It has blockbuster written all over it. Black and white, in German set just before the start of the First World War. Hand me the popcorn, I’m set. Although, being a Michael Haneke film it is about as far from Hollywood as you are likely to get.
Despite being the second Blu-Ray review I’ve done of a Haneke film ( check out the Caché review here ) I’m no fan boy. His films are not a flurry of excited enjoyment. As with Caché, there is much to consider, debate and ponder and most of that is done after the film has finished. You never get a feeling of satisfaction at the credits.
Let’s deal with the basics. A small German village is beset with a series of unfortunate events (no, not those ones) which seem to be a punishment for some unspoken crimes. These lead up to the outbreak of the First World War and the people worrying about what that will mean for them.
The story is told through the eyes of the village schoolteacher a narrator many years after the events ( reminscent of the narration in The Name of the Rose ). The action moves with an very slow pace, it’s like the most suspenseful of Hitchcock drawn out in slow motion. Not that there are ever any great shocks or surprises, it is the almost mundane treatment of the events that make the point.
The film is a long essay on evil. But not the Hannibal Lecter bitey kind, the more chilling everyday evil that wanders hidden through society (ooh, hark at me). It suggests that terrorism exists everywhere, not just its traditional forms. I was also reminded of the themes from many of the novels in Zola’s Les Rougon-Macquart which also focus on the darker side of ‘normal’ life, especially La Bête Humaine which has a similar brooding evil and is also set at the outbreak of a war.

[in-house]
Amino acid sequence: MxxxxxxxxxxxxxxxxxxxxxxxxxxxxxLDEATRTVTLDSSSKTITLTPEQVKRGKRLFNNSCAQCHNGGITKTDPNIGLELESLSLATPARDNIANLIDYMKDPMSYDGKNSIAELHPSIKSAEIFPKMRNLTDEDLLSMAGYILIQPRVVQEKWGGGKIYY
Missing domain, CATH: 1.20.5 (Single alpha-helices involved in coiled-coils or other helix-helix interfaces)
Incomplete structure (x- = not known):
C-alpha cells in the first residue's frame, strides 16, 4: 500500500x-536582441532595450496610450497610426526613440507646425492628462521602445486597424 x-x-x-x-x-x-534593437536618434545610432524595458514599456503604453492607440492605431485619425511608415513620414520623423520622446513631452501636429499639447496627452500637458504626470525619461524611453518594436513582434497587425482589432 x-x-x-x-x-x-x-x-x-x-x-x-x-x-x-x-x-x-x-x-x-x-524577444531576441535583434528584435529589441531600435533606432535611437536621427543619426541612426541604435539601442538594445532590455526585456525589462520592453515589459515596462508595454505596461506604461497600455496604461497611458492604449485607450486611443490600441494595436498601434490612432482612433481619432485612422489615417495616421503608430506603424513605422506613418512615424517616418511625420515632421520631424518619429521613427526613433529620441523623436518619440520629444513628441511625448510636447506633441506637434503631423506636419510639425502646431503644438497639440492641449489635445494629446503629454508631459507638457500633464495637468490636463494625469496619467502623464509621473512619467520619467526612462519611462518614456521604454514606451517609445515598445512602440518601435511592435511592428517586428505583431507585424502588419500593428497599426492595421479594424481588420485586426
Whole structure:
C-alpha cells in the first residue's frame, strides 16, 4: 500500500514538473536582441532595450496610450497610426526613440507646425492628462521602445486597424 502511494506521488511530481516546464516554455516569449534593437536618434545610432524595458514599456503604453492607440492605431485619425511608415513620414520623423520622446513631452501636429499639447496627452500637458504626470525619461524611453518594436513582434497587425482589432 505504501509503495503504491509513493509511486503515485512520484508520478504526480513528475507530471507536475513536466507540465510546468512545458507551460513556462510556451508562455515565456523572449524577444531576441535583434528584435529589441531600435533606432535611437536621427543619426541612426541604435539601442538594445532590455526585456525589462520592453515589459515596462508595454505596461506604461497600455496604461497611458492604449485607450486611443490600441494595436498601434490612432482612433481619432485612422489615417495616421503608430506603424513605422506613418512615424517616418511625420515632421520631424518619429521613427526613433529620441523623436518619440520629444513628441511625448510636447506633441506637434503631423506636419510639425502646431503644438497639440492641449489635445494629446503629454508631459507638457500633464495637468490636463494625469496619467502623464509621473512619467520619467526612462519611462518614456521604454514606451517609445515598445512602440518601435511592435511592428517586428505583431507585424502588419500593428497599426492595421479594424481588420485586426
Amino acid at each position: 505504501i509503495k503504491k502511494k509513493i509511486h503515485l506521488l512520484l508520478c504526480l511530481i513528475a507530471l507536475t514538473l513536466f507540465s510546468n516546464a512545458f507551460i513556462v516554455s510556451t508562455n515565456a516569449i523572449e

The acting stands out with some truly excellent performances from some very believable child actors. Given the pace of the film, the acting has to be exceptional.
This could easily be a still from a German remake of To Kill A Mockingbird. But this is not a scene of hope in the style of Atticus, this is us faced with the faces of the villagers in the, perhaps certain, knowledge that at least one of them has been a bit naughty.
With regard to the Blu-Ray itself. Some disappointment here. There are a lot of dark scenes were the artefacting is pretty horrendous, smooth clean blacks they ain’t. You can just about cope though as it isn’t all that frequent. My main gripe is about the black and white itself. The film was shot in colour and converted to black and white and all too often, the scenes are too grey. Maybe this is just the photographer in me wanting it done a different way. I’m sure they must have considered this and chosen to do it this way to match a particular style of old, but I wasn’t a fan. I would have preferred more contrast and sharpness overall. There are some good images, very white vistas of fields and trees look good but in the acted scenes it can look a bit bland. As I say, that could be a personal thing as I would have gone with a Gorman-Holbert type conversion on the lot.
I enjoyed The White Ribbon whilst not been blown away by it. I think this is largely because of my objections to the print niggling at me too much. The mood, characters and acting are all excellent. If you like immersive, challenging cinema, it’s well worth a look but I think a DVD copy would suffice.